This weekend an unusual thing happened: I had absolutely nothing to do. No plans whatsoever. Even after advertising that I was completely free all weekend, no one took the bait and invited me to do anything. For a person who is otherwise booked up through June, this was a startling development.
With nothing but free time ahead of me, I decided to finally sit down and watch the new Netflix series House of Cards. The series had debuted on February 1st, but I had been far too busy with the final push in the Oscar death race to even consider sitting down to watch it. This proved to be a dangerous gamble; since Netflix had released all 13 episodes of the first season at once, people could watch the series at their own pace. This made it difficult to avoid spoilers. With regularly scheduled weekly television programs, it’s generally easy to avoid getting spoiled; if you don’t want to know who died on The Walking Dead, stay off Twitter Sunday night and skip certain entertainment websites the next morning. By Monday afternoon, you are usually in the clear. However, with people watching House of Cards whenever they want, it becomes harder to predict when someone may take to social media and reveal some major plot points. I can’t really blame people who do reveal things – it’s hard to remember that not everyone is on the same schedule as you when it comes to this series. Many of the pop culture bloggers that I regularly read struggled in how best to cover this series. This new model of programming is challenging for everyone, but serves as a good test run for what will happen when all of the new Arrested Development episodes drop at the same time. I think I’m already planning to take a day off when that happens.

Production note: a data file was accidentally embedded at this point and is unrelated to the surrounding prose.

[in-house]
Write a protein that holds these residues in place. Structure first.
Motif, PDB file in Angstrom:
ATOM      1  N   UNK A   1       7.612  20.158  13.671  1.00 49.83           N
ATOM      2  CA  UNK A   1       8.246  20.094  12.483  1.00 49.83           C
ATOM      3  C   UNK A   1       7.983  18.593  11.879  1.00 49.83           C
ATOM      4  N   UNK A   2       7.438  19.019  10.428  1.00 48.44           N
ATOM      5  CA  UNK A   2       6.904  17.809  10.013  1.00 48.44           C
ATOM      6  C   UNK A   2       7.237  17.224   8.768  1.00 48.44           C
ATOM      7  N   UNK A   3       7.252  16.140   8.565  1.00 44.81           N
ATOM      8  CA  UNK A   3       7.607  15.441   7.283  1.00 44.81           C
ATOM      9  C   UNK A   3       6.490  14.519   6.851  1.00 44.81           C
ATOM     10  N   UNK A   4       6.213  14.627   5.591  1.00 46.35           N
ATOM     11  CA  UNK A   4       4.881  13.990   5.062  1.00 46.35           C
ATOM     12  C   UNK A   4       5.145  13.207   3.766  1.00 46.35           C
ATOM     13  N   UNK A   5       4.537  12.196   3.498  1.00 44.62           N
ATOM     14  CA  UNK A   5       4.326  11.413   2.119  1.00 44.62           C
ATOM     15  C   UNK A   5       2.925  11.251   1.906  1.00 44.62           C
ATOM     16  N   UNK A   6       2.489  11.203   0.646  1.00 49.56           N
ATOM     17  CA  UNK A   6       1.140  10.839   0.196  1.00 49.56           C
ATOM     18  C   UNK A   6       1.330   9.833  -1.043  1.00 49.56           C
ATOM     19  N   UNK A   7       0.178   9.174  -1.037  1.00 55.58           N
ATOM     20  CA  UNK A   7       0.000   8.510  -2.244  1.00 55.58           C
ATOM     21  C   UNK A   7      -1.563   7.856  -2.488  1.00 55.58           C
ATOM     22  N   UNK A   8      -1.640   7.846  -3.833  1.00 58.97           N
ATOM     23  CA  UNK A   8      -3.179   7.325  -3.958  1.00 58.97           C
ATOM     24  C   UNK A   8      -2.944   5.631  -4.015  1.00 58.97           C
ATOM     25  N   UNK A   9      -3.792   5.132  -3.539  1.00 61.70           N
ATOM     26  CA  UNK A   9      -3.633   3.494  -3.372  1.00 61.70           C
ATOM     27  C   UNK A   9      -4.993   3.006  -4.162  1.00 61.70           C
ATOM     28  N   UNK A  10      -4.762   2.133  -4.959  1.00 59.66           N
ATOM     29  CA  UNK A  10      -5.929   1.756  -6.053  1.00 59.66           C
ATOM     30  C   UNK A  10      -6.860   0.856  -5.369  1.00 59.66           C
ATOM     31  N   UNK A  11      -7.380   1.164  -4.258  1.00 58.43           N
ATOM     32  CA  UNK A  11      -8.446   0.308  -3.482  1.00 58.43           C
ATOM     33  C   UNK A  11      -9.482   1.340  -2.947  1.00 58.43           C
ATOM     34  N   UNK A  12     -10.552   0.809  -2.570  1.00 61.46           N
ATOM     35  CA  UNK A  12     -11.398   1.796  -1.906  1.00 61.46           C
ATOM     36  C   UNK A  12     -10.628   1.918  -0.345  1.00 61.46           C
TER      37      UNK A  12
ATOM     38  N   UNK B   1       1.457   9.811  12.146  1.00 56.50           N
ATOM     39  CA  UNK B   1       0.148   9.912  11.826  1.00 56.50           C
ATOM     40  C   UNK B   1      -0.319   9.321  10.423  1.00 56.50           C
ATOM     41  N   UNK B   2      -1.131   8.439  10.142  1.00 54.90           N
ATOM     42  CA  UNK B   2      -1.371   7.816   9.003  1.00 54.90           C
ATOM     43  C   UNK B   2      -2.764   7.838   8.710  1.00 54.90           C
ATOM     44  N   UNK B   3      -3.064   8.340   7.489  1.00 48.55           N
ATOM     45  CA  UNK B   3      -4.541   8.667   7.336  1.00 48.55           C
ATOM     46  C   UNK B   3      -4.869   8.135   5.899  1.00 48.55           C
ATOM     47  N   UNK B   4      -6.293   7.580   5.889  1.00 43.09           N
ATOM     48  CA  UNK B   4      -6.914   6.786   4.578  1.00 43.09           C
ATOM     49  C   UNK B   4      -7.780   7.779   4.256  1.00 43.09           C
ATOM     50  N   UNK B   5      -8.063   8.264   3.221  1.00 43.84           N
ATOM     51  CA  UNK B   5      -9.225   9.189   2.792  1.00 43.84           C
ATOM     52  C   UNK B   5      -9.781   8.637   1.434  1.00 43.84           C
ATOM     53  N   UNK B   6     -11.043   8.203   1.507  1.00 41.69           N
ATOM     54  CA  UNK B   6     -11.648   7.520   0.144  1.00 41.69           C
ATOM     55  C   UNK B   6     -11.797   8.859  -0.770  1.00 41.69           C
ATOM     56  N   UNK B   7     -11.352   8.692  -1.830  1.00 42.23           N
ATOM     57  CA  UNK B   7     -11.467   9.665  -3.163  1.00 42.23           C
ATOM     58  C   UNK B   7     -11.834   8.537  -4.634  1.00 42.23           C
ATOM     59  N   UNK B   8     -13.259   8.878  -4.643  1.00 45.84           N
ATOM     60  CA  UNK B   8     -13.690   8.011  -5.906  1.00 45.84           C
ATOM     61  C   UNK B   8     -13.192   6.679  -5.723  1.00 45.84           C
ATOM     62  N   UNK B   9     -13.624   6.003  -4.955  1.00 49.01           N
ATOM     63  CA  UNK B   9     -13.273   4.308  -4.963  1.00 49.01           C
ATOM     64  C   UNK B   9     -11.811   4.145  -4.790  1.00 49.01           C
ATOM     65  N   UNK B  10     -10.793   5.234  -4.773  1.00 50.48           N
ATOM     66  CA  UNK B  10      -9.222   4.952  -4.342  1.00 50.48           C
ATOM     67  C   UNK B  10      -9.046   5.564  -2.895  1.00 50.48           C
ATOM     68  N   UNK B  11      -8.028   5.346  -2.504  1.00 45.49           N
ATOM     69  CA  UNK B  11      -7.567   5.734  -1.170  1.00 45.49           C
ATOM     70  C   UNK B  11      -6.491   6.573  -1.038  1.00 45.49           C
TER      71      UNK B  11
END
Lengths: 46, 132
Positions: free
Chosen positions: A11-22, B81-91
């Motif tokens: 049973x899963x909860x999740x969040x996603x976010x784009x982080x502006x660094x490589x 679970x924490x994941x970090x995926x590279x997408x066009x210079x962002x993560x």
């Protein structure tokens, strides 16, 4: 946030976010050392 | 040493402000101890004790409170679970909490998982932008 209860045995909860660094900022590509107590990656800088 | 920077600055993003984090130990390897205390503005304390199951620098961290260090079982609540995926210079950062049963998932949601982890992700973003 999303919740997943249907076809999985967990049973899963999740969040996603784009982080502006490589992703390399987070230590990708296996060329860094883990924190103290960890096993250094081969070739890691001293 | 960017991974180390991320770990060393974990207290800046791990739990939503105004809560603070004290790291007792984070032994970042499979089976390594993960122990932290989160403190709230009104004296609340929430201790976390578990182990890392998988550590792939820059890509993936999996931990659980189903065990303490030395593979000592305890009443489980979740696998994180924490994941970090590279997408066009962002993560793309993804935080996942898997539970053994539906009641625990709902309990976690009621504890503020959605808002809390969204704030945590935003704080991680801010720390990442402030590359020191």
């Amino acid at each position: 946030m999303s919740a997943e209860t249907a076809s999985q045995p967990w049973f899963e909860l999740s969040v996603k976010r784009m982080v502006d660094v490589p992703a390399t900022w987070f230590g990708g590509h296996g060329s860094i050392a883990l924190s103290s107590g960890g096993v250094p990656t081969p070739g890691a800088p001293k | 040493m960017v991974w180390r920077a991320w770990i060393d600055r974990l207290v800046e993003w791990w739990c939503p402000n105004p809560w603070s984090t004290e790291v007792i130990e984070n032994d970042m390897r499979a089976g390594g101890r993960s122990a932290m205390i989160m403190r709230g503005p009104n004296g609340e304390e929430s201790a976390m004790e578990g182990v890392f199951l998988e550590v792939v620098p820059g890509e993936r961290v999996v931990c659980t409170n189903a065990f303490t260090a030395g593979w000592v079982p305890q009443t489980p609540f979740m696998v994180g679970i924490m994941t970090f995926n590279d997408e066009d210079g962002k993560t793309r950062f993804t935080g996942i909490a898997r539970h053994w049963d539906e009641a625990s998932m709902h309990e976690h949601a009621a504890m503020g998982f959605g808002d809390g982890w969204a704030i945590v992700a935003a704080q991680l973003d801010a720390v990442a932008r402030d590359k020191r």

I decided to binge-watch House of Cards. I started in on the episodes around noon on Saturday and was done with the series by noon on Sunday. As I’ve mentioned before, I really like watching TV shows in marathon sessions; I feel like you really get immersed in the program and I find that I enjoy some programs a lot more when there isn’t a lot of time to ponder things before the next episode started. I really liked Once Upon a Time when I watched the first season over a few days, but now that I’m watching the episodes week to week, I am much less enamored with the program. That is partially due to what I see as a decline in plotting and writing in the second season, but it is also because with time to deliberate between airings it is much easier to see the show’s flaws.
Ultimately, I think I enjoyed House of Cards as much as I did partially because of my chosen viewing process. It is a good, not great show, where it is much easier to overlook its shortcomings when you can immediately fire up the next episode. It didn’t mean I didn’t notice the issues, but it wasn’t until I had finished all 13 episodes that I really reflected on them. It was still very enjoyable and I look forward to the second season, but if I had given myself more time to deliberate I think I would have been able to put my finger on what was bothering me earlier.
House of Cards in a political drama that focuses on House Majority Whip Frank Underwood (Kevin Spacey). After being passed over for Secretary of State – a nomination that he thought was in the bag – Underwood sets out to exact revenge on those who betrayed him. His wife Clair (Robin Wright) is his closest advisor and political strategist; she is just as ruthless as her husband in her career as the head of a non-profit. Imagine pretty much the opposite of Princess Buttercup in The Princess Bride. Kate Mara also stars as Zoe Barnes, a reporter for The Washington Herald who is desperate to make a name for herself by any means necessary. Peter Russo (Corey Stoll) is a troubled U.S. Representative who may get caught up in all of Underwood’s scheming. To say any more is to give too much away, but all of the actors do a fine job.